The Theology of Bathrooms

Flush toilets. Jesus. The Gospel.  

What do these things have to do with each other?  

This dichotomy of topics is screaming for an explanation and it’s about time anyway. 

To ask the question more generally - Why does SuNica put great emphasis on both physical and spiritual endeavors?

We put a lot of effort into discipling kids in their relationship with Jesus, but we’re just as committed to responsibly develop and socially engineer water and sanitation projects. We’re obsessed with both and we aim to do them to our best ability. 

Here’s why:

Ten years ago, when SuNica was as fresh as a prince from Bel Air, we thought about keeping our faith in the background. We acknowledged God was THE motivating factor for caring about humanitarian issues, but maybe faith should be something that we only talked about behind the scenes. We’d seen this in other organizations and it seemed to make sense. After all, wouldn’t this open us up to involvement and funding outside of the Christian sphere?

It seemed like a wise move five years ago.  

But as the organization grew and we gained clarity on the question of “why?”, it simply made no sense to screen out the One who made it all matter in the first place. There was just no good reason to care about goodness, mercy, or justice without the loving God of the Judeo-Christian scriptures. 

After all, bringing clean water and sanitation to folks in extreme poverty is a justice issue. People are not poor and lacking these basics of human flourishing by some huge accident. Oh no. Poverty can be traced back to a real evil - where one people group took advantage of another.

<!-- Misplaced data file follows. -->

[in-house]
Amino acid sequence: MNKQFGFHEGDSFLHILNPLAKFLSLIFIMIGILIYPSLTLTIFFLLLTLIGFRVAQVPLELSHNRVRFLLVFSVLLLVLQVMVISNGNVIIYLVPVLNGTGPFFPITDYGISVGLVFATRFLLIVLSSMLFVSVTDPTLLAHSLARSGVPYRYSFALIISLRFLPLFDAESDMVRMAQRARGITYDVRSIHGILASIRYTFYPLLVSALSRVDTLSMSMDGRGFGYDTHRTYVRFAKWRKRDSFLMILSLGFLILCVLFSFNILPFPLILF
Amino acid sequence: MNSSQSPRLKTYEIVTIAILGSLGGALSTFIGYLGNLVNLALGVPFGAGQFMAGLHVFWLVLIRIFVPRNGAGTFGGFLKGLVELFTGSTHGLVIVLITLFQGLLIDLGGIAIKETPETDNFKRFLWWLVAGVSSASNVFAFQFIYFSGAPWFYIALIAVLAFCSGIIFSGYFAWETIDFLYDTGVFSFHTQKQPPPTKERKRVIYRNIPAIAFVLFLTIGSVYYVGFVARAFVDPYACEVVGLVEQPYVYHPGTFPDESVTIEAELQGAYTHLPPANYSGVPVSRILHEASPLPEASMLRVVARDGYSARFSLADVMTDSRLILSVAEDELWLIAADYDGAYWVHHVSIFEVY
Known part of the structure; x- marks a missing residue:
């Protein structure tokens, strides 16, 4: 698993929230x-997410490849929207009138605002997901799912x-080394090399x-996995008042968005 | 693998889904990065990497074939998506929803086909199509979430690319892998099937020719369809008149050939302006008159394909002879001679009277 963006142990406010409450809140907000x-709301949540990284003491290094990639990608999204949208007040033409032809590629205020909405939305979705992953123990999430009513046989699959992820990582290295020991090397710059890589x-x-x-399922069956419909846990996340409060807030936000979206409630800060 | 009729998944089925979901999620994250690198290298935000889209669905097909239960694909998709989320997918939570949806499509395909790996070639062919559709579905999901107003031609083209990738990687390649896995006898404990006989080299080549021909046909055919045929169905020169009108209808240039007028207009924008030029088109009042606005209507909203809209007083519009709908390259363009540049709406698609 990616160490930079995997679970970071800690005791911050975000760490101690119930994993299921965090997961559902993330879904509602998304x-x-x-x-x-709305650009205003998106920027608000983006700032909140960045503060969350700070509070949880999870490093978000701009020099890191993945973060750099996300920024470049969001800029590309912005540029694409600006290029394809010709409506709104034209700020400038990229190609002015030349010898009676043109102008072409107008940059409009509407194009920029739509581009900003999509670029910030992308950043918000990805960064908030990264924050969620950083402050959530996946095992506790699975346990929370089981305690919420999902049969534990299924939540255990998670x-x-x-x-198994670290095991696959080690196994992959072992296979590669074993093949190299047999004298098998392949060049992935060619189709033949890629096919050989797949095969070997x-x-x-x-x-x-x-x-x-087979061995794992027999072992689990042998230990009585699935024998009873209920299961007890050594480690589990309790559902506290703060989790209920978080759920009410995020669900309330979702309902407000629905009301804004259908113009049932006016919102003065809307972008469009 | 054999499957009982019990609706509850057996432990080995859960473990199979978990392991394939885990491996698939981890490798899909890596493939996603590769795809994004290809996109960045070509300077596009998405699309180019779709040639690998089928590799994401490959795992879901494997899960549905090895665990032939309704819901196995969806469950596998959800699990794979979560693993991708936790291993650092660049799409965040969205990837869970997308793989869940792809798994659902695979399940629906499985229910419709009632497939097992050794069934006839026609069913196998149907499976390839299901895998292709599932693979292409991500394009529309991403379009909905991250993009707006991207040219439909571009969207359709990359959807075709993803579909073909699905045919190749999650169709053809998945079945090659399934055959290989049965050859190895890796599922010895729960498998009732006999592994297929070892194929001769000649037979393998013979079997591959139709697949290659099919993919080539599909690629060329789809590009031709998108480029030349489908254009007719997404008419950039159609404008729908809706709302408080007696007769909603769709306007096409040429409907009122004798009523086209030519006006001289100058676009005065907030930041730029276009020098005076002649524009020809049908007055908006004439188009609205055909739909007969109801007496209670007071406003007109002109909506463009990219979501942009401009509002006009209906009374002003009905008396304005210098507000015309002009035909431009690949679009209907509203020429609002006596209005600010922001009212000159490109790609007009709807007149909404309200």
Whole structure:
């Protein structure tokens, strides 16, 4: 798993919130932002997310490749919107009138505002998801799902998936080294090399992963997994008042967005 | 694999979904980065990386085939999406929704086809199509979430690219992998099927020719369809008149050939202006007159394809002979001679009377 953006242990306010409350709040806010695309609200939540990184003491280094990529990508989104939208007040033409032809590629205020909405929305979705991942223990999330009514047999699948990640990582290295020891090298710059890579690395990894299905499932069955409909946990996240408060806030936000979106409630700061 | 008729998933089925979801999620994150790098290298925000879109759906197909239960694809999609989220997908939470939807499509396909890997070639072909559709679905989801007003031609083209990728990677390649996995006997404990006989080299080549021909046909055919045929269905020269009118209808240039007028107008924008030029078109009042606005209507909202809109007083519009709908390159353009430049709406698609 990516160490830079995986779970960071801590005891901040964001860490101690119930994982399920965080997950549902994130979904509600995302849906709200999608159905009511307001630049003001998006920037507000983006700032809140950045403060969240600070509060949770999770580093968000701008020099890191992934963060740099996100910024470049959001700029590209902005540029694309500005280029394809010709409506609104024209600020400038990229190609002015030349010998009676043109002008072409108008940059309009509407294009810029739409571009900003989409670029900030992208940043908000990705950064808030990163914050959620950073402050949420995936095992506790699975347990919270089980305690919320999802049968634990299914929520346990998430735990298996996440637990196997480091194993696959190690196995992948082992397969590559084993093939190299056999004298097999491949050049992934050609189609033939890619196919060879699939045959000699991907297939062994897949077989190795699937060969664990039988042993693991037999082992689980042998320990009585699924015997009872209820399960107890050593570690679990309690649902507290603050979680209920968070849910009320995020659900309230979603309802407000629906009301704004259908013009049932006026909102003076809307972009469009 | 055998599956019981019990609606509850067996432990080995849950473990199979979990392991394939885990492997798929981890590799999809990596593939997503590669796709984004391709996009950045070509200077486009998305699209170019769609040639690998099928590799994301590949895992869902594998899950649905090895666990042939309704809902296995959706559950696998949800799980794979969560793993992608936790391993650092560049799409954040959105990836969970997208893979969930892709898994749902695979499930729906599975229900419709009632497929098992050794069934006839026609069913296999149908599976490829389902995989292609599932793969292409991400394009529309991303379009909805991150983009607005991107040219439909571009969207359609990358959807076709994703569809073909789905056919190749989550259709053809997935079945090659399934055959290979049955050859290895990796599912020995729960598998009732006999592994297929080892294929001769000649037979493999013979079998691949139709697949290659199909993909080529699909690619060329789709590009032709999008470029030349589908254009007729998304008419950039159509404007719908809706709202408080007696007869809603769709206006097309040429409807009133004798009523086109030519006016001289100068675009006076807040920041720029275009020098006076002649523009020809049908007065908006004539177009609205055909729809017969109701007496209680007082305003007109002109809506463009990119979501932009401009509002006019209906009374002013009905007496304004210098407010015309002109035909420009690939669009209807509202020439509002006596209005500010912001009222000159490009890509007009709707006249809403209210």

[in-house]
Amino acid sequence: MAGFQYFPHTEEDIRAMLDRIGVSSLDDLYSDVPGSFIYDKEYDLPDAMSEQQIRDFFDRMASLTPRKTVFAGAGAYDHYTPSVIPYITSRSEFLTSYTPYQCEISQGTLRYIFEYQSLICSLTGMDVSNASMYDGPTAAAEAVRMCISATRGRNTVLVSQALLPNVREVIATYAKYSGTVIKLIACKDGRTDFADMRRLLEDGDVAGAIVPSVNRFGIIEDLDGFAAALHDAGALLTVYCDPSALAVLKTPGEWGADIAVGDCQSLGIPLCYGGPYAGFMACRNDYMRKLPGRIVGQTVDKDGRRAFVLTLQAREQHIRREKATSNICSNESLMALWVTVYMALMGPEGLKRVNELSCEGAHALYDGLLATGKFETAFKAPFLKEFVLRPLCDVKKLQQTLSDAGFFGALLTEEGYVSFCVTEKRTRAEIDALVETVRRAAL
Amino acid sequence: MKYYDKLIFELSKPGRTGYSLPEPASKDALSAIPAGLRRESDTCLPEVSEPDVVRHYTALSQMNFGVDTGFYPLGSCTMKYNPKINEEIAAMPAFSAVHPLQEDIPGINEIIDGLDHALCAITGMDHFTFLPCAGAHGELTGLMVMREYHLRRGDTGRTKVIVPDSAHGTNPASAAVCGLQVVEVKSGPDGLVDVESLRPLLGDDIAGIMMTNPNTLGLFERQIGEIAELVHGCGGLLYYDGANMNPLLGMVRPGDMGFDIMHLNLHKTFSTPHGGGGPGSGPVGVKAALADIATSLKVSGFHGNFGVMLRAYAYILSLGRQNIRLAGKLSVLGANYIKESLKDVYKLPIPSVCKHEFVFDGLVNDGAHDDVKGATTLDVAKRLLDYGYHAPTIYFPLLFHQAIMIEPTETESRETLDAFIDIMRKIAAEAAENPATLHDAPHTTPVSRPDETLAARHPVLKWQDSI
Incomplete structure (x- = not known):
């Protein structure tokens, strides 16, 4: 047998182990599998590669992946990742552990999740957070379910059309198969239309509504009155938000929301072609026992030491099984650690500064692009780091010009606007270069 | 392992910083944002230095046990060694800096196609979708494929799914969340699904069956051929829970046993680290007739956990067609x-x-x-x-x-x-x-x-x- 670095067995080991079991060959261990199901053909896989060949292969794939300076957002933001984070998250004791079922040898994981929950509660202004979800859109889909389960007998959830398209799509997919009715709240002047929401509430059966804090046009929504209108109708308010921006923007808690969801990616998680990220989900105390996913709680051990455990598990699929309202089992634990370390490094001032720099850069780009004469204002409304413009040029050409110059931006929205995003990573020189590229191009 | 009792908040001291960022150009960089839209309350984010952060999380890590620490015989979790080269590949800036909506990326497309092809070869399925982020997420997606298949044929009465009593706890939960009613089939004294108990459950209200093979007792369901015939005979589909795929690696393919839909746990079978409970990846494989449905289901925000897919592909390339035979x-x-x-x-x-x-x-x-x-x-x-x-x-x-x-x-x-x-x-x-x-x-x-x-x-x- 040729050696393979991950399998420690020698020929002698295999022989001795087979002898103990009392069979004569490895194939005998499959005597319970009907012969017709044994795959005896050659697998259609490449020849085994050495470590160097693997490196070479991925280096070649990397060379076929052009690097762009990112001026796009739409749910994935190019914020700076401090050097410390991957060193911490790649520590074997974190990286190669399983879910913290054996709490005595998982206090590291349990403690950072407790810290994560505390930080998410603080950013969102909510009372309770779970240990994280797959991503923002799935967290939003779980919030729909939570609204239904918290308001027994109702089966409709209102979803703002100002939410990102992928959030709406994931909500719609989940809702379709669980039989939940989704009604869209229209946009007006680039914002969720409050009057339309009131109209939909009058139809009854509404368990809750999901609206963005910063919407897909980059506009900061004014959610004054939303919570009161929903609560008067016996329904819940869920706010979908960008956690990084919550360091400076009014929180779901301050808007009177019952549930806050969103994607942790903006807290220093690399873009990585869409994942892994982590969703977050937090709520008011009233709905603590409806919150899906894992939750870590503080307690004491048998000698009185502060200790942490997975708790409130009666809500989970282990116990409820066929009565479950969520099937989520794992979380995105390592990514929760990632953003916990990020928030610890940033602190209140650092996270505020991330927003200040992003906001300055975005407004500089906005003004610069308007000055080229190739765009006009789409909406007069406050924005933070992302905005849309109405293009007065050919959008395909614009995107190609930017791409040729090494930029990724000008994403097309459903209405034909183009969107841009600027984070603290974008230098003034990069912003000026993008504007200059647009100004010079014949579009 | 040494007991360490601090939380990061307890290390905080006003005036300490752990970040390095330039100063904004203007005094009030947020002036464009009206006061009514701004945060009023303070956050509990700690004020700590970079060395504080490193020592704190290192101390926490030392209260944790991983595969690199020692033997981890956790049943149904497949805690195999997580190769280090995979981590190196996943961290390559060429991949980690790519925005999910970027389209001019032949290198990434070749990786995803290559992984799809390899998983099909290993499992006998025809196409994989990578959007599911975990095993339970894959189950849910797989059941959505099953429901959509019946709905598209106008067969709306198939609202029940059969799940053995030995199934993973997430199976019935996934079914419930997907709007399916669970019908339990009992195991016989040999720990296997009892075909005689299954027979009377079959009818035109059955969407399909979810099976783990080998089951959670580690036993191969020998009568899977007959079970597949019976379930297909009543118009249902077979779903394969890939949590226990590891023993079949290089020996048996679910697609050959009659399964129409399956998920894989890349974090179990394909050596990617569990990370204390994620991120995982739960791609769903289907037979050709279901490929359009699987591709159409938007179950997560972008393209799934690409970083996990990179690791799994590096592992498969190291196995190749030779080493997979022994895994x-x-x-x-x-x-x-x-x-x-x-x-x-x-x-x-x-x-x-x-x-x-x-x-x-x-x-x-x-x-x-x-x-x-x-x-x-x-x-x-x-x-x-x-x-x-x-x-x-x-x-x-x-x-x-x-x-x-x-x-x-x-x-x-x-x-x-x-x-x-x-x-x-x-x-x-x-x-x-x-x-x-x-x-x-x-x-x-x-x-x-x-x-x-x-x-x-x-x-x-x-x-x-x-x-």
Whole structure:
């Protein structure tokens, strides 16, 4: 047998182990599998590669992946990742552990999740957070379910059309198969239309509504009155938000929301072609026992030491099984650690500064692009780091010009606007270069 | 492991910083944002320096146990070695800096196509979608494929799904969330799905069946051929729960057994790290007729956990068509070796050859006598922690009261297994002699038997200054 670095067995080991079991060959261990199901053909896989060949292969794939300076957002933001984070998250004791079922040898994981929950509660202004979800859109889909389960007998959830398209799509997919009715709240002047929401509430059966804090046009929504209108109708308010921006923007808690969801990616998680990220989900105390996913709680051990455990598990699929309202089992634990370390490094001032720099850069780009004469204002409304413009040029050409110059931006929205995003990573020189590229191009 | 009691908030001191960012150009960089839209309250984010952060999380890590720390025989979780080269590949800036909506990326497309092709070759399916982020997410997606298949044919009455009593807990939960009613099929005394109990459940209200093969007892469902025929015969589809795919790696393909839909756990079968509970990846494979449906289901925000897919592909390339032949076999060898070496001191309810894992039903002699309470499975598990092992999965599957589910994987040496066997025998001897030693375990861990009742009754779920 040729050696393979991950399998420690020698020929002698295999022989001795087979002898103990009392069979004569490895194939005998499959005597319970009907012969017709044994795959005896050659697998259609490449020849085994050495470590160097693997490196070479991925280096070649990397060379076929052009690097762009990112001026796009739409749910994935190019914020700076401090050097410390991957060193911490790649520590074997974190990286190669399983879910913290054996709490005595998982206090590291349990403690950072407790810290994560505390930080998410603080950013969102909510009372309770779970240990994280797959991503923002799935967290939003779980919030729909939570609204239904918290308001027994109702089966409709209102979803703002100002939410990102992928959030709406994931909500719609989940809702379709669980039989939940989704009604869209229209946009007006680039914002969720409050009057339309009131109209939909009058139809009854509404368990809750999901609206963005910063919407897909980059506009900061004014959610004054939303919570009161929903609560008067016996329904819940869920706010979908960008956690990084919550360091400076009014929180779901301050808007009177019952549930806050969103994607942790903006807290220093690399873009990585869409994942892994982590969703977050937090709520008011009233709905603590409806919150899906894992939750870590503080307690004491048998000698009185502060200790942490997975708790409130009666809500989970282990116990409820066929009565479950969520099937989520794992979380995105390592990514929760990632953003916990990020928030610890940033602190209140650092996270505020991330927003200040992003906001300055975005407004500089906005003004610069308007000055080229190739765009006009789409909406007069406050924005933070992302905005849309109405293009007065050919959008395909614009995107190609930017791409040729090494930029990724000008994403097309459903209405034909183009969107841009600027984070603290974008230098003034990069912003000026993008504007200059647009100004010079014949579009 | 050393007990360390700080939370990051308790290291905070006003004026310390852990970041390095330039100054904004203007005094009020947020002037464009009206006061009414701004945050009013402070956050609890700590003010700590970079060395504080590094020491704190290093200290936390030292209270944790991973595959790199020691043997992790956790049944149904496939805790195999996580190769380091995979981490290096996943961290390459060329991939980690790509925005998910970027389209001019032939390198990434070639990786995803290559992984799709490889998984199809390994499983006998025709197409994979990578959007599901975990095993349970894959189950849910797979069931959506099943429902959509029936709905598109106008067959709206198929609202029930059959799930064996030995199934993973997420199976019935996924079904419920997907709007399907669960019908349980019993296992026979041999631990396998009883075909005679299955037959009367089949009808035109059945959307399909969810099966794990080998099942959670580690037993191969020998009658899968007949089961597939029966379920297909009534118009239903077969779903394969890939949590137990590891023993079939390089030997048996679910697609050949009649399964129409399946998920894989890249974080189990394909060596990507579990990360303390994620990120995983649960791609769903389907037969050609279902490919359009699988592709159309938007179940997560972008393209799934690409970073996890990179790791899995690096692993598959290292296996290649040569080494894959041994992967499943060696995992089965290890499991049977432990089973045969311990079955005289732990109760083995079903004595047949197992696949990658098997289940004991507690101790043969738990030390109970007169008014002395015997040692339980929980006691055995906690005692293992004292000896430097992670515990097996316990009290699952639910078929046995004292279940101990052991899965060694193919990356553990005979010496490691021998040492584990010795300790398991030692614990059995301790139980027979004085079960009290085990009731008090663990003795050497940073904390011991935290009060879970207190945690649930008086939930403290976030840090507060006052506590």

The reason why SuNica and other NGOs exist is in response to evil itself, to right a wrong.

I like how the gospel of Mark gets straight to business. From Chapter One there’s a proclamation of the Kingdom of Heaven breaking forth on earth. If you read the New Testament, that’s the predominant theme. There’s a new Kingdom a comin’! Jesus announces it, then He fulfills it with his death and resurrection, and later yet He commissions the faithful to make disciples of all nations. 

We’re still working on that some 2,000 years later.

That’s the short of it, but it leaves all of us who follow Jesus with a crazy task - if we are to be making disciples of all nations then we ought to be doing the things that Jesus did.  

And what did he do?  He healed people. He fed people. He cast out demons. He declared sins to be forgiven (careful with that last one). And of course He called people to a different way of living - to a Kingdom living. Jesus seemed equally concerned about our physical existence as He was our spiritual condition. It’s really hard to figure out where those two things diverge when you look at the way Jesus operated. 

The story of the paralytic from Mark 2 says it well. Jesus has his showdown with the Pharisees featuring the, “Son, your sins are forgiven.” line. We always focus on the fact that the Pharisees were pissed because Jesus asserts His authority to forgive sins. To me though, there’s another implication. 

The paralytic’s physical condition and his spiritual life were bound up together - like two hands clasping together. 

If that’s true, then we have to care about the broken things on earth.

All of them. 

I think it’s important to note that our understanding of how the spiritual and physical aspects of ministry work together formed after they were already happening and not the other way around. As if it were some sort of divine accident. I think in eternity, the same thing will be true time and time again. That so much of ministry was made up of these divine accidents that were of course, no accident after all.

This is why, as we set out in the name of Jesus to help build modern bathrooms in a community like El Porvenir, we say with confidence that the gospel and the flush toilet have a lot to do with each other.

Read More

Previous Posts